Getting Started with Phase 1 of 100 Leaders:

In this case, the majority of the fall semester was spent working on the 100 Leaders in World History project. The site, which I have reviewed here, allows for interaction with historical figures on the subject of leadership and encourages teachers and students to extend these subjects further by rating these figures on particular leadership traits. CHNM was selected by National History Day to develop and design the site last Spring. At the start of the semester the site was still in the first phase of development. I worked to add the content from National History Day to each of the pages and familiarized myself with the back-end structure of Drupal. Throughout this period I had a number of interesting conversations with Jennifer Rosenfeld about the complexities and challenges of creating interactive and educational materials for the web. I learned a good deal about the importance of collaboration on a project of this scale. With over 100 distinct pages on the site, minor edits, like the addition of italicization, called for discussion, notation, and a division of labor to ensure that each page was updated appropriately.

Mentoring and moving into Phase 2:

As the semester rolled on, the first-year fellows circulated into the Education department for a four-week accelerated rotation. Stephanie, Jordan, and Alyssa each completed a blog post that described their experiences. During this period I took on a larger role in mentoring them and organized each of the activities we would undertake. We began with user testing across browsers and devices. At this stage, the 100 Leaders in World History project had entered the second phase of development and this user testing aided in the development and design of the current voting interface and served to test and validate that the underlying voting algorithm was capturing and recording appropriately. We consistently tried our best to break everything and shared our findings with Jennifer and James McCartney for improvement. (Anyone viewing the site on a smartphone will appreciate our feedback as the larger slider buttons were a direct result of these tests!)

Next, we worked to gather image content and citation information for videos on the site. At first, our discussions focused on digital images and copyright, but soon we turned our attention to issues of diversity and representation in terms of time period, geographic region, gender, race, ethnicity, and type of leadership. We tried to be thoughtful in our selections, considering the ability of a single image to convey particular types of information about a leader or juxtaposing images to create alternate or additional meaning about a figure or figures. The final activity undertaken with the help of the first year fellows was the creation of a guidebook that will aid National History Day in modifying and maintaining the 100 Leaders in World History site.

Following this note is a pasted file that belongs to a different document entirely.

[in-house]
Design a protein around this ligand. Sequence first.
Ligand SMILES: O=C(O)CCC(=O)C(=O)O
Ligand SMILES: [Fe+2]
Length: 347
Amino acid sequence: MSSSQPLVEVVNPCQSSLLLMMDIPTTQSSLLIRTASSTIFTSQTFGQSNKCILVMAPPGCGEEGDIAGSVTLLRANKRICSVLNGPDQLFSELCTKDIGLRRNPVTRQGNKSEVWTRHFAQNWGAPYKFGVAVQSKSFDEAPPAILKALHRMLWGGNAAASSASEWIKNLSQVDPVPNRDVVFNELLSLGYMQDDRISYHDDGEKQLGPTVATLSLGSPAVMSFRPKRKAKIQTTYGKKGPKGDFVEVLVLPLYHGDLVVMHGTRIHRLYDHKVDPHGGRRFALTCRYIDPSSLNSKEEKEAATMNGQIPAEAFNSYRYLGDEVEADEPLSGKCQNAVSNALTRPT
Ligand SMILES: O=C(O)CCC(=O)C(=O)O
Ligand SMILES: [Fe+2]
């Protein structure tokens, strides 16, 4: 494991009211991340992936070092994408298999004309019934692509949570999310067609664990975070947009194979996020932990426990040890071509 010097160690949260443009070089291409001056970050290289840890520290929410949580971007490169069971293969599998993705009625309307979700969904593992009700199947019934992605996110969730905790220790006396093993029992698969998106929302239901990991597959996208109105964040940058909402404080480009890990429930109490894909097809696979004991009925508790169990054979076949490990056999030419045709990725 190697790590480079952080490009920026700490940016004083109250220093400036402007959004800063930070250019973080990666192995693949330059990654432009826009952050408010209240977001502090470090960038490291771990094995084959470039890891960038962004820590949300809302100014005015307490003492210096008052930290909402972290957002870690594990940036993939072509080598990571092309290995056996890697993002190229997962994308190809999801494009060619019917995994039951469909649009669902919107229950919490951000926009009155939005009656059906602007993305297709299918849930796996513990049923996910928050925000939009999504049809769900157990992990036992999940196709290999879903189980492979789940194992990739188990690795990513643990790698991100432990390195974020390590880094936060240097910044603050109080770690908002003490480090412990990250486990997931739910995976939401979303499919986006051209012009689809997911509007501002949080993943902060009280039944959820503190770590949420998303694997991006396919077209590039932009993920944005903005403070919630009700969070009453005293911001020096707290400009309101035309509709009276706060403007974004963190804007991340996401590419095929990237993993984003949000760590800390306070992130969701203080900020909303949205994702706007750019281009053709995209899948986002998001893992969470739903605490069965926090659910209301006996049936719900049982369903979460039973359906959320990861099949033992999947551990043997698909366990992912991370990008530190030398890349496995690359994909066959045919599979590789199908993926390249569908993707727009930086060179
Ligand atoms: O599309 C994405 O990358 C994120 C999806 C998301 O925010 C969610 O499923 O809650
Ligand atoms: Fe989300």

Each of these activities was useful in demonstrating the different complications that accompany large-scale, collaborative, educational websites. User testing encouraged us to deal with the user experience and to gain insight into the processes required to build a site of this size. Contributing images moved us back into our comfort zones as historians doing research on particular subjects- but the added complication of copyright was useful in expanding the Fellows’ thinking about what digital historical research entails. While we each campaigned for our favorite images or leaders, we also took seriously the importance of crafting a meaningful visual narrative that supported the dialogue of each video. Finally, the guidebook allowed an introduction to the back-end of a Drupal site and encouraged us to think through questions about making navigation easier and more efficient to those without experience programming.

Working on 100 Leaders after the launch:

After the first-year fellows completed their rotation in the Education division, my work continued to focus on the completion of the Guidebook as well as video transcription, user testing, data manipulation and a website review. On November 3rd, the voting interface on the 100 Leaders in World History site went live. To aid in marketing the site and to inform teachers about how it could be used in the classroom, I wrote a summary of the site’s features for Teachinghistory.org. This website review encouraged me to revisit my earlier discussions with Jennifer about online learning and to view the 100 Leaders in World History site with fresh eyes. Since then, interest in the site has exploded and we have recorded over 200,000 votes in just over a month. It has been a busy but useful semester for me in Education and I’m glad to have had the opportunity to contribute to a project like 100 Leaders.